11 Herbs You Can Actually Grow Indoors

Basket full of fresh cut herbs.

Kaelyn Guerin

Fresh, fragrant herbs are one of our favorite ways to add flavor and variety to just about everything we cook—but the garden party doesn't have to end when the growing season does. Bring your go-to herb plants inside when the weather gets cold in fall, and with a few simple tips, you'll be able to enjoy that freshness all winter long.

Here's our guide on how to grow your favorite herbs indoors.

Meet the Expert

Alexandra Jones is a certified master gardener in Philadelphia. As an indoor and outdoor gardener, Jones is an author in topics like gardening, climate, urban farming, and sustainability.

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Basil

basil plants in pink pots on windowsill

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  • Botanical name: Ocimum basilicum
  • Sun exposure: Full sun
  • Soil type: Free-draining potting mix
  • Soil pH: 6.0-7.0

Gardeners anticipate the arrival of fragrant summer basil all year long, but you can enjoy it in the off season, too. Keep this tender herb in a warm place in your home where it will get as much sunlight as possible—it needs at least eight hours each day to thrive.

When your plant is four to six inches tall, pinch back the growth tips to encourage fuller, bushier growth, then use the leaves in your favorite recipes.

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Parsley

parsley plant growing in pot on windowsill

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  • Botanical name: Petroselinum crispum
  • Sun exposure: Full to partial sun
  • Soil type: Free-draining potting mix
  • Soil pH: 6.0-7.0

Both flat-leaf and curly parsley can be adapted for indoor growing. Choose a sunny windowsill, ideally with a south-facing or west-facing exposure, and remember to rotate the pot every few days so the plant grows evenly. Keep the soil evenly moist and harvest sprigs as needed.

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Thyme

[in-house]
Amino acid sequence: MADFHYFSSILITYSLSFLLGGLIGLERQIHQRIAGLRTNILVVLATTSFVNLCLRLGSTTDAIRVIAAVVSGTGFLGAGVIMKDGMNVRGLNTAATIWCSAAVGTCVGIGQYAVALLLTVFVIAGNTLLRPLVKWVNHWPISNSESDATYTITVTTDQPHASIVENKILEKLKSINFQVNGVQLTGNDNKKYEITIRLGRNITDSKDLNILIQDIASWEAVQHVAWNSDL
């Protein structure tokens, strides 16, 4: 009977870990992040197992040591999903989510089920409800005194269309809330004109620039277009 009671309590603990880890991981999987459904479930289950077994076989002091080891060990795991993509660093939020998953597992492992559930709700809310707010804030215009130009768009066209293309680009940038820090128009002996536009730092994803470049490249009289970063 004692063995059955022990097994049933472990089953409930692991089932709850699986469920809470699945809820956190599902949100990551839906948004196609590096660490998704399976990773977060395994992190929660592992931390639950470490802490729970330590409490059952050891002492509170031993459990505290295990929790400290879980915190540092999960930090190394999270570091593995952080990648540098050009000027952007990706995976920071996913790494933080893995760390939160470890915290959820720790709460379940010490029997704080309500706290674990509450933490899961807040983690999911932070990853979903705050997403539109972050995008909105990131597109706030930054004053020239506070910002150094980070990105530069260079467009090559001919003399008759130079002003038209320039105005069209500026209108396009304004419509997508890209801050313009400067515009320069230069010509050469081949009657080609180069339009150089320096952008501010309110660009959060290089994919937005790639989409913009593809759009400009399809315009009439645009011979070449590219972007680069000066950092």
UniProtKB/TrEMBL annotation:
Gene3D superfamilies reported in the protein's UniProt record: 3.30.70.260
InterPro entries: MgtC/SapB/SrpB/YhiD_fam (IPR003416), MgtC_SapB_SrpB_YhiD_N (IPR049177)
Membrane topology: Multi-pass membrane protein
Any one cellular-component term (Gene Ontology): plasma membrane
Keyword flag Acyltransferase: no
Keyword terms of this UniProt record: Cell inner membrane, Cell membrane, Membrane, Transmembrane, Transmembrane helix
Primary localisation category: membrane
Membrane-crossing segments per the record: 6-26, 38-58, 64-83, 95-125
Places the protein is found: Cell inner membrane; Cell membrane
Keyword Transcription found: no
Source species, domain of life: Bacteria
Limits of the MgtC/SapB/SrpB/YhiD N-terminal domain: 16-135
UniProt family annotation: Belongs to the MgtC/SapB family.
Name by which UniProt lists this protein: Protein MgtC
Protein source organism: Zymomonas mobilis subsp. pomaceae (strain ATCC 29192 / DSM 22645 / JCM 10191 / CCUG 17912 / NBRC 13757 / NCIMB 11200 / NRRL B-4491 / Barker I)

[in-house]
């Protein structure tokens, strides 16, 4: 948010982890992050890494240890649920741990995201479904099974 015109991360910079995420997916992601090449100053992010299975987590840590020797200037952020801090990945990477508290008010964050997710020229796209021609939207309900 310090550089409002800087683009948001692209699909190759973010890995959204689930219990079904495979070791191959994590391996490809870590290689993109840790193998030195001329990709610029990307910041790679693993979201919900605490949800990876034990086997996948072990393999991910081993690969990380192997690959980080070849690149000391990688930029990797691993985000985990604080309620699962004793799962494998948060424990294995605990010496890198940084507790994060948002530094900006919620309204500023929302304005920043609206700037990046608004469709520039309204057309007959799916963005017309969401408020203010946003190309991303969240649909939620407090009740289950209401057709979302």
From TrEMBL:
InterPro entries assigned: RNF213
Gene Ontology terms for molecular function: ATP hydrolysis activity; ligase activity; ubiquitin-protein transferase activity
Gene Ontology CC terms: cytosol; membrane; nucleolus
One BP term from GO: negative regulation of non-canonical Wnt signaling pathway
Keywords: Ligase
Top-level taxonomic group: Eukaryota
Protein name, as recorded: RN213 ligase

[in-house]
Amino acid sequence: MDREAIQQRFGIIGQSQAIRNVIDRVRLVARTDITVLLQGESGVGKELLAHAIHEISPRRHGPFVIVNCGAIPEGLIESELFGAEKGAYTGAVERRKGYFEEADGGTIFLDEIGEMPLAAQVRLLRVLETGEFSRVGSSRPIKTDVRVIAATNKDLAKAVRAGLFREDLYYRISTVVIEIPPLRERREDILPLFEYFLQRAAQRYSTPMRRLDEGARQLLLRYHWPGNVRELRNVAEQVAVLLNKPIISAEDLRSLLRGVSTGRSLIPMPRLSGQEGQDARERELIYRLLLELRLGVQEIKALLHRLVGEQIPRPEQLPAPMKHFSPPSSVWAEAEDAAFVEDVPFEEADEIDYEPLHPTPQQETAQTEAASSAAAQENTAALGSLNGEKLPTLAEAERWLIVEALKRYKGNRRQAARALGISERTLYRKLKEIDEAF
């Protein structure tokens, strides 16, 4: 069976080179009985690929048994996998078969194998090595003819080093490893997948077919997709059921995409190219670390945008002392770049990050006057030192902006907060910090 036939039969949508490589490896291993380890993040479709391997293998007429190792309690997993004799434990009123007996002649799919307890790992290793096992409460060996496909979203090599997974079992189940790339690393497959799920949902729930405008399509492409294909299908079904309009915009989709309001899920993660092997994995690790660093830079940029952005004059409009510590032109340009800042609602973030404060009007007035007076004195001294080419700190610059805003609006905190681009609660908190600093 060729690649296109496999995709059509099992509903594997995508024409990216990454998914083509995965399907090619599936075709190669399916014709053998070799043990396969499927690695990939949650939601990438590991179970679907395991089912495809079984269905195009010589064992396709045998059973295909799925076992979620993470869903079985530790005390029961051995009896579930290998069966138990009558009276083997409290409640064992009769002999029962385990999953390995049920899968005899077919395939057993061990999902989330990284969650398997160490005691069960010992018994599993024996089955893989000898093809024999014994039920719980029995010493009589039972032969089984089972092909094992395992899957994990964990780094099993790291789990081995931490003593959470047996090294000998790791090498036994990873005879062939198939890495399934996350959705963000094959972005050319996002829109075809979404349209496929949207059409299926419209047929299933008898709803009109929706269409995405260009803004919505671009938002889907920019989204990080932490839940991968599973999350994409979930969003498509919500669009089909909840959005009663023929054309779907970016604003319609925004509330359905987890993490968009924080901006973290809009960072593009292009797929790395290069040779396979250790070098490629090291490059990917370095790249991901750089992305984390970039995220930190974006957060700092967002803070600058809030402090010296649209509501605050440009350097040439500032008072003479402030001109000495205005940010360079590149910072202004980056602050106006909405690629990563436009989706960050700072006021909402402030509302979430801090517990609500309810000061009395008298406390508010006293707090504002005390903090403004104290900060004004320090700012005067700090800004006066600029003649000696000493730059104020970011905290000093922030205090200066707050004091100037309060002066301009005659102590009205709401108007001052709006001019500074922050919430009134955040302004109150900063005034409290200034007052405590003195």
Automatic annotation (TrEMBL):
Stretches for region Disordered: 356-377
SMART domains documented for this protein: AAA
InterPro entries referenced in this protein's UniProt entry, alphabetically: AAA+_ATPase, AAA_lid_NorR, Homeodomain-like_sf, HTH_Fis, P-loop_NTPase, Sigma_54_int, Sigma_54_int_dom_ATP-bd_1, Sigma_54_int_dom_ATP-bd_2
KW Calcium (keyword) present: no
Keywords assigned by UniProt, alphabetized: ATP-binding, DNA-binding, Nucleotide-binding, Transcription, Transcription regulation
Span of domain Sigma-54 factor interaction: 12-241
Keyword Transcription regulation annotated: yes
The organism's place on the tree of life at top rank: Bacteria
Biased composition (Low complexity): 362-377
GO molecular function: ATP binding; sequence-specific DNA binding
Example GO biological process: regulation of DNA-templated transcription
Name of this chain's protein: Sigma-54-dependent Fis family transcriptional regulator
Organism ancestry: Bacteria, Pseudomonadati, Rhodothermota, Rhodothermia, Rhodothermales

A close up view of thyme plant on a white pot

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  • Botanical name: Thymus vulgaris
  • Sun exposure: Full sun
  • Soil type: Free-draining potting mix cut with a handful of coarse sand
  • Soil pH: 6.0-7.0

This hardy herb is easy to transition indoors in the fall, tend indoors through the winter, and then bring back outside when the weather warms up in spring.

Thyme needs a spot that gets several hours of sun each day. Use thyme to add a grassy, woodsy note to all kinds of recipes from cocktails to roasted chicken.

Your thyme plant doesn't like wet feet, so try planting it in a terracotta pot to reduce the risk of root rot.

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Lavender

French lavender growing in a metal pot in a garden

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  • Botanical name: Lavandula spp.
  • Sun exposure: Full sun
  • Soil type: Free-draining potting mix
  • Soil pH: 6.0-7.0

Another tough, woody herb, aromatic lavender makes an excellent addition to your indoor herb garden.

Give the plant as much bright, direct sunlight as you can, and if the plant starts to look long and leggy, that's a sign it's not getting enough light. Allow the plant to dry out a bit between waterings.

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Chives

white flower pot with fresh chives on the kitchen desk

Claudia Nass/Getty Images

  • Botanical name: Allium schoenoprasum
  • Sun exposure: Full sun
  • Soil type: Free-draining potting mix
  • Soil pH: 6.0-7.0

With their short shelf life, it can be difficult sometimes to find fresh chives in grocery stores and supermarkets—so why not grow your own?

Keep your chives on a bright, sunny windowsill that gets at least six to eight hours of sunlight per day, and allow the top of the soil to dry out between waterings. When you're ready to add that subtly zesty flavor to your cooking, simply snip a few leaves at the base.

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Rosemary

Fresh basil, mint and rosemary are growing in a large white flower pot on windowsill indoors.